If the MIME types requested are unsupported, an additional parameter alternates may be included with a space-separated list of MIME types of the same primary content-type which may be supported as alternatives for the specified device. The alternates parameter is not intended as a content negotiation feature; merely a way for a server to log upload failures which were constrained by the lack of type conversion facilities. The Content-Disposition header parameter syntax is described in [RFC 2183] that contains, along with [RFC 1867], examples of the protocols extended by this proposal.

There may be significant limitations on the client browser's ability to buffer input for upload. Browsers may provide an estimate of the default maxlength available for device input and upload through the HTTP response header Client-file-maxlength: followed with the ASCII decimal representation of the number of bytes representing the content-length available to the browser for buffering.

A server can also specify information about the largest file size it can accept for upload, by use of the HTML maxlength attribute with a value representing the decimal integer of bytes in the HTML form's device input elements. The minimum of all "maxlength" values specified should take precedence. Additionally, for types with extensions in time (such as audio/* and video/*, but not image/* or text/*) the maxtime="integer seconds" parameter specifies the maximum duration of the file to be uploaded without regard for the underlying number of bytes. The maxlength attribute should take precedence over the maxtime attribute if both are specified.

Furthermore, the value attribute may be used to provide a numeric disambiguation between multiple similar devices when present. Under most conditions the operator should be allowed to select the device from ambiguous sources of input, or re-select it if specified by a value parameter. The value attribute might also be used to specify alternative methods of input when the value of value is nonnumeric.

Because of security concerns discussed below, HTML scripts must not be able to invoke a form submission when the form involves any kind of file upload without explicit instructions from the session operator to the contrary.


In this short form, the HTML author has requested the upload of sampled microphone input from the operator upon form submission:
     <FORM enctype="multipart/form-data" method="post" action="_URL_">
       Say something:  <INPUT name="speech1" type="file" device="mic">
       <INPUT type="submit" value="Send Speech">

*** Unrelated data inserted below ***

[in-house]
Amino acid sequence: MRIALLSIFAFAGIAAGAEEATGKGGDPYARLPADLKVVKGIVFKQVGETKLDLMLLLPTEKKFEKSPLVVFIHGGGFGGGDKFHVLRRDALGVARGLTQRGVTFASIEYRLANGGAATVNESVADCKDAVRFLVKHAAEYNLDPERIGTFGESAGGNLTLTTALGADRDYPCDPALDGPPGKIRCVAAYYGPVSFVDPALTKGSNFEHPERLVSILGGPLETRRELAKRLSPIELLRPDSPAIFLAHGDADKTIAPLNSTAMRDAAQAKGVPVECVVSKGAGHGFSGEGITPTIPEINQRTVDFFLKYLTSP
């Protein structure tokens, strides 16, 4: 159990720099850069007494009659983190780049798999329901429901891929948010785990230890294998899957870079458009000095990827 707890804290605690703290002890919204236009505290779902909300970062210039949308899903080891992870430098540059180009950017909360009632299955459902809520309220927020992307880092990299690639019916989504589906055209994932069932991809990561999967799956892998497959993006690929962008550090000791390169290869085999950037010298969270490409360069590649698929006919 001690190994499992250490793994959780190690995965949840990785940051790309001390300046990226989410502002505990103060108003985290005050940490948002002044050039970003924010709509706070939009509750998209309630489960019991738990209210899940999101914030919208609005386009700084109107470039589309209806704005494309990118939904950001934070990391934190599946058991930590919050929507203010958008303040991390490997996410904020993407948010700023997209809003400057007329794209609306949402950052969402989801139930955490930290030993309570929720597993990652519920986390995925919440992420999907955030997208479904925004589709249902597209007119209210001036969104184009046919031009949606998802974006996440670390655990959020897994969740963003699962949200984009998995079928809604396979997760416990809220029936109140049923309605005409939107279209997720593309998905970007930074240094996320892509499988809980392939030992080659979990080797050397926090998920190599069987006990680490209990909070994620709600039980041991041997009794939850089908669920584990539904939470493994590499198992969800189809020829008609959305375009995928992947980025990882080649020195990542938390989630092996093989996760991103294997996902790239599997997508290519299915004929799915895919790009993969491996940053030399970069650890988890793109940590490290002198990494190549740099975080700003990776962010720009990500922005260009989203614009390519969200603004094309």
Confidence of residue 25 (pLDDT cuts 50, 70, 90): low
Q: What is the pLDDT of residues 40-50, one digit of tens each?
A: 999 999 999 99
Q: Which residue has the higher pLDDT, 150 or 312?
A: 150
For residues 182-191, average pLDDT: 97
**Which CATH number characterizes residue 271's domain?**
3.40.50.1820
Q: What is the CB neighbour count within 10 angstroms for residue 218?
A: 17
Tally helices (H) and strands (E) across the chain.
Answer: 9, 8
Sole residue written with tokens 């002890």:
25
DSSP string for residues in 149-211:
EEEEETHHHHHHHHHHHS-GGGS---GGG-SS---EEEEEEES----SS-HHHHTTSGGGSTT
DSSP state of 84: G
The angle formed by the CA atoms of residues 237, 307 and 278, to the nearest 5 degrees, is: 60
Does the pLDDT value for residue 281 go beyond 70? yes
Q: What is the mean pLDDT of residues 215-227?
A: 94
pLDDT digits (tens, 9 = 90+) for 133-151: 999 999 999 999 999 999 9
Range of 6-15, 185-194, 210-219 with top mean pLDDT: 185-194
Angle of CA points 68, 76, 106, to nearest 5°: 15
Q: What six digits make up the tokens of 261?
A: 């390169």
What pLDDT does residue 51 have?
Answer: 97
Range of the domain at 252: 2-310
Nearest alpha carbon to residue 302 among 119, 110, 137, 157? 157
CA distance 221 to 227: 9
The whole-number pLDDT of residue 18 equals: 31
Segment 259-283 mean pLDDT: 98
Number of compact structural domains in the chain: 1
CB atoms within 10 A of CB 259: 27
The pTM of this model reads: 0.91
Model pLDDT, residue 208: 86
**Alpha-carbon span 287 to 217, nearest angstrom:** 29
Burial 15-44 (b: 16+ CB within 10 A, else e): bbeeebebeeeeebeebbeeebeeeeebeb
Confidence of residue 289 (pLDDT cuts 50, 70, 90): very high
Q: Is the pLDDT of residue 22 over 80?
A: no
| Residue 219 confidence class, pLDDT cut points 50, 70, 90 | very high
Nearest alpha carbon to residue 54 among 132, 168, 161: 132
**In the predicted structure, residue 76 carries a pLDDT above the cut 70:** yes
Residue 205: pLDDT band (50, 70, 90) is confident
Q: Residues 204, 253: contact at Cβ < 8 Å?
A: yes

Below, MIC is not used as an abbreviation. The author of the HTML has requested that the data input from the microphone be encoded as either the MIME type Audio/L16 -- sixteen bit signed linear audio samples (most-significant byte first) -- as specified in [RFC 2586] with a single (monaural) channel and a sample rate of 11,025 samples per second, or an unspecified extended MIME Audio type named x-cepstral-voc. Please note that MIME types are separated by spaces except when the following character is a semicolon, in which case the following non-space string should be of the form ;parameter=value which modifies the preceding MIME type. Space before such MIME type parameters is optional.

     <INPUT name="speech2" type="file" device="microphone"
       accept="audio/L16;rate=11025 ;channels=1 audio/x-cepstral-voc">

Below, the form element may be used to upload a file as usual, except that the files to select from may be constrained to text files, without explicit regard of their filename or extensions. Please note that "/*" after "text" is optional.

     <INPUT name="file1" type="file" device="files" accept="text/*">

The next two examples show how these extensions may be used to request input from other kinds of devices, such as the second of two or more cameras connected to the system running the browser. Please note that the VALUE is only a suggestion, and the browser operator should still be offered to select from multiple devices, with the only difference being the default selection.

     <INPUT name="picture1" type="file" device="camera" value="2">

For this next example only, if there is only one keyboard, the operator's preferred editor may be invoked, but the filename should be unique and not influenced in any way by the string "EMACS". If that value influences the selection of an editor, it should do so with a pre-specified table (such as a "mailcap" file) and should not be used as any part of the command string of the editor executed.